Friday, November 16, 2007

Ecumenical Councils II

Continuing the discussion on the subject of the previous post I just posted this over at CU. In order to preserve a coherent discussion please make any replies there.

I am on record as being more than slightly skeptical about the chances for any form of restoration of communion between East and West. One of the things which I have always seen standing in the way of the reunification are the dogmatic definitions of the Latin Church post 1054 (most especially but certainly not limited to Vatican I). Many Roman Catholics have attempted to assert the possibility of reunion on the basis of the fact that Orthodoxy has never dogmatically anathematized the various doctrinal developments/innovations of the Latin Church.

Mike Liccione is one of the great champions of that line of reasoning. The counter which I always raised was that it boiled down to an acceptance that Rome is in fact THE CHURCH and that we are wrong. That is of course a nonstarter since both East and West independently affirm that they are the One True Church. From an Orthodox perspective therefore it is not possible for the Roman Catholic Church to make true dogmatic definitions.

However Mike is correct on an important point which does lend some small hope. Since Orthodoxy for whatever reasons (I would opine there are many) has not held an oecumenical council since 880 AD, and therefore has not formally condemned the Latin innovations, they could be treated as theologumen. Granted, I think there is far greater unanimity among the Orthodox hierarchs and the lay faithful that many Western doctrines are heretical, than there is support for some of them among the Roman Catholic faithful. But it still boils down to theologumen on our side. But if you remove Rome’s carved in stone claim that those doctrines are infallible truths binding on all of the faithful, then we may move back to square one.

This would not of course end the schism or restore communion. But it would have the effect of saying both sides have strongly held contrary OPINIONS of great import that need to be resolved. On that basis it might be possible to convene a Great Council of The Church to begin the process of sorting things out and resolving them one at time.

By no means is this any guarantee that we would succeed. Florence failed. But I think it is quite probably the only way true and lasting communion could ever be restored. Also I think this would not be something that could be resolved in a year or two. I am thinking decades on the conservative side, but more likely centuries. The mere act of sitting in the same room with the Pope at what might eventually claim to be an ecumenical council would spark schisms within Orthodoxy, and very probably among Roman Catholic traditionalists as also liberal Catholics who would understand the mortal threat to their dreams posed by the prospect of restored communion between Rome and Orthodoxy. And then there is the fact that Ecumenical Councils don’t just happen and get rubber stamped in Orthodoxy. They take years and sometimes centuries to gain acceptance.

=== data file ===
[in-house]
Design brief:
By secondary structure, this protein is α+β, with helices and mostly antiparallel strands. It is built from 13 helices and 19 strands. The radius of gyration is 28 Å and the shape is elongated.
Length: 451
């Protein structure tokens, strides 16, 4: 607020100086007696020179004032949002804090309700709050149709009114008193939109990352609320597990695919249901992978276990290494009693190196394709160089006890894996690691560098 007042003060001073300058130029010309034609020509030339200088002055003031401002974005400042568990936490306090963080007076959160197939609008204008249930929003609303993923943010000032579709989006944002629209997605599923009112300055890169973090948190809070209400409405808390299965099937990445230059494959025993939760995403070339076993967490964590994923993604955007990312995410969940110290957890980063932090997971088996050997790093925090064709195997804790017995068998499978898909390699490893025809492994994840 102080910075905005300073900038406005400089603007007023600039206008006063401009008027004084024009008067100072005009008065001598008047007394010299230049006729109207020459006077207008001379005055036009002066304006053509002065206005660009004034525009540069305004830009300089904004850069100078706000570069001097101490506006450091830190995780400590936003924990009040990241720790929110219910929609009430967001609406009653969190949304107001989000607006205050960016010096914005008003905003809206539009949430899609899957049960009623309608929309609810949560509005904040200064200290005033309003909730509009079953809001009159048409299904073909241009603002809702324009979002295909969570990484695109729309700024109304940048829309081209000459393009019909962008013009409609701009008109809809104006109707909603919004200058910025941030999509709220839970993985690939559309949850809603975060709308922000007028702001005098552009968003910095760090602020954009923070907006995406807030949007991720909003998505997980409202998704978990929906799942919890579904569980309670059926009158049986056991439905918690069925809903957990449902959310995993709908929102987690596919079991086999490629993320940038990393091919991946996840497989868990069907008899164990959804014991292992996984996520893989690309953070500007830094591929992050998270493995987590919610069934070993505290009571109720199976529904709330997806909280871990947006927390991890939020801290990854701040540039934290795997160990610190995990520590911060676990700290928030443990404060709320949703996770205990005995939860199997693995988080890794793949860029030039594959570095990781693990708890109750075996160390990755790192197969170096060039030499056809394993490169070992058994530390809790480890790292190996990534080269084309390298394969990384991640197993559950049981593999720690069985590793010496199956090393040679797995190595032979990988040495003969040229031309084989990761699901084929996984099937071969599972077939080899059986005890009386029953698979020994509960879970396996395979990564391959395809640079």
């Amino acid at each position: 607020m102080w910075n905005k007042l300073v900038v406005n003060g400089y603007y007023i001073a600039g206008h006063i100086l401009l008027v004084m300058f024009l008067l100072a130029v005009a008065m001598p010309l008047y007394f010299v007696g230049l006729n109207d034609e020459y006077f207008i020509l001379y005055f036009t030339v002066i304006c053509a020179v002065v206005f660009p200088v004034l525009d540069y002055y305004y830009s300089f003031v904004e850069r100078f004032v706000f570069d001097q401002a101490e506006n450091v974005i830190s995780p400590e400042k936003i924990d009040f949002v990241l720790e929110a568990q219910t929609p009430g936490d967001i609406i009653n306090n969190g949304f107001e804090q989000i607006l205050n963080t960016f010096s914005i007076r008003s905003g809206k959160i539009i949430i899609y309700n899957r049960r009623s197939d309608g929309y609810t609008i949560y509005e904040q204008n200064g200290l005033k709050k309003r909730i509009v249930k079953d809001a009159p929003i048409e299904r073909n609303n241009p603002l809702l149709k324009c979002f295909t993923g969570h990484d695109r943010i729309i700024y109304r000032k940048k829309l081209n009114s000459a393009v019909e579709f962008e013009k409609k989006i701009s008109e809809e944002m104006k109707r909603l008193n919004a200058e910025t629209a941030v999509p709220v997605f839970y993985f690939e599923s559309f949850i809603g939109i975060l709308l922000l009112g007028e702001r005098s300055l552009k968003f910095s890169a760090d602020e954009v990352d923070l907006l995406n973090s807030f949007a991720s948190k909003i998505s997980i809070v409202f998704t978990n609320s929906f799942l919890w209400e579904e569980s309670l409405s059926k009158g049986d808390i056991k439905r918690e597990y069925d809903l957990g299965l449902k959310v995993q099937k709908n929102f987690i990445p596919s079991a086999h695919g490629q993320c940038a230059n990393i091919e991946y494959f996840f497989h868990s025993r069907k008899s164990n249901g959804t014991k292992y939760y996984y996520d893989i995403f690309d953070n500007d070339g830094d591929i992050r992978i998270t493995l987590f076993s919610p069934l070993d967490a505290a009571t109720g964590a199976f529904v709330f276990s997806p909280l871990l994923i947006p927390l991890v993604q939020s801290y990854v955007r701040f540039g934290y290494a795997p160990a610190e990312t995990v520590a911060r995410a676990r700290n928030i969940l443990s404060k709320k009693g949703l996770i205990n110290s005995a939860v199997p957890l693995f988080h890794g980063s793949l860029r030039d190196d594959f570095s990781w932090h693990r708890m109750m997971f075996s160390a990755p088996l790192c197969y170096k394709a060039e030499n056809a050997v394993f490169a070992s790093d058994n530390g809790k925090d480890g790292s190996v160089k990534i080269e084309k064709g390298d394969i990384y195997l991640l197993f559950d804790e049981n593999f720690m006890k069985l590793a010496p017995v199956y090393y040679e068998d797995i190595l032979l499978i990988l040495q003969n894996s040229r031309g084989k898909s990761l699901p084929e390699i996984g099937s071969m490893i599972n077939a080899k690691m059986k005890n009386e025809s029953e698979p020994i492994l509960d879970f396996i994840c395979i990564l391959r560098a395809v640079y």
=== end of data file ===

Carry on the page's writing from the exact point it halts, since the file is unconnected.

Now if you think getting the Orthodox to agree to anything like this is going to be hard then just consider the idea of Rome entertaining, even for a millisecond, the idea that there has not been a true and binding ecumenical council in well over a thousand years. If you like those odds, I have some Enron Stock I would like to sell you at the bargain price of $100.00 per share. Saying that this would be messy and downright ugly would be the understatement of the year. The bottom line is that this is one of the most unlikely ideas ever floated. But I also think it might be the only way that will really work. I do not see communion ever being restored without a Great Council.

Rome claims two very key things. First that all of the Latin dogmas proclaimed post 1054 are correct, and secondly that the Orthodox Churches are true and particular churches that are a part of the One True Church, if imperfectly. In support of this they note (repeatedly) that we have never formally anathematized those doctrines. Assuming for the sake of discussion those two claims are correct then Rome should have nothing to fear from putting it all on the table. Let a true Great Council of The Church be convened and hammer it all out. The worst that happens is it fails and we are back to where we stand today (with a few dozen more schisms on the side). That might indeed be the result. I suspect it is quite likely. The odds against agreement are staggering. But maybe, just maybe, we would see a miracle. I think the possibility of living to see a concelebrated liturgy with all of the Orthodox Patriarchs and the Pope of Rome is worth the risk. But it really comes down to this; how confident is Rome of its position? Are they willing or even able to take such a leap? What say my Roman brothers and sisters, is restored communion worth such a risk?